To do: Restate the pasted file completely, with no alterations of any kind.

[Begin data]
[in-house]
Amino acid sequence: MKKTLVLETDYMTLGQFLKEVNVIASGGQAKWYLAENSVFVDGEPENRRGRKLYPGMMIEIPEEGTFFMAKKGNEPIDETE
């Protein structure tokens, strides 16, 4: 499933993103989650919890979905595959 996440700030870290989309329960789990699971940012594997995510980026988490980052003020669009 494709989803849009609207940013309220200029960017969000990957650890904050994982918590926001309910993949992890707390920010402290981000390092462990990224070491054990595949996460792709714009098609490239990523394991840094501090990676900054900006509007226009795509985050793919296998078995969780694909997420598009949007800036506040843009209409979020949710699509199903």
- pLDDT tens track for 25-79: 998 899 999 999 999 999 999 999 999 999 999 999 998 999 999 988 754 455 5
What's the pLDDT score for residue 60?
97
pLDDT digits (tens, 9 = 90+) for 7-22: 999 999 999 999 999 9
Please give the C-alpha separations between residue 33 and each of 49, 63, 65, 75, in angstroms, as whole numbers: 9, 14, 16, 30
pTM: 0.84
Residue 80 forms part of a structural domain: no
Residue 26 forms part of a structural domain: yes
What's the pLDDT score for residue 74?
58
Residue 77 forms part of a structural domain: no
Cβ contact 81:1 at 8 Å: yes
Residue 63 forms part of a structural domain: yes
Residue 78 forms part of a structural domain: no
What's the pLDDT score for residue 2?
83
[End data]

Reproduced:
[in-house]
Amino acid sequence: MKKTLVLETDYMTLGQFLKEVNVIASGGQAKWYLAENSVFVDGEPENRRGRKLYPGMMIEIPEEGTFFMAKKGNEPIDETE
């Protein structure tokens, strides 16, 4: 499933993103989650919890979905595959 996440700030870290989309329960789990699971940012594997995510980026988490980052003020669009 494709989803849009609207940013309220200029960017969000990957650890904050994982918590926001309910993949992890707390920010402290981000390092462990990224070491054990595949996460792709714009098609490239990523394991840094501090990676900054900006509007226009795509985050793919296998078995969780694909997420598009949007800036506040843009209409979020949710699509199903």
- pLDDT tens track for 25-79: 998 899 999 999 999 999 999 999 999 999 999 999 998 999 999 988 754 455 5
What's the pLDDT score for residue 60?
97
pLDDT digits (tens, 9 = 90+) for 7-22: 999 999 999 999 999 9
Please give the C-alpha separations between residue 33 and each of 49, 63, 65, 75, in angstroms, as whole numbers: 9, 14, 16, 30
pTM: 0.84
Residue 80 forms part of a structural domain: no
Residue 26 forms part of a structural domain: yes
What's the pLDDT score for residue 74?
58
Residue 77 forms part of a structural domain: no
Cβ contact 81:1 at 8 Å: yes
Residue 63 forms part of a structural domain: yes
Residue 78 forms part of a structural domain: no
What's the pLDDT score for residue 2?
83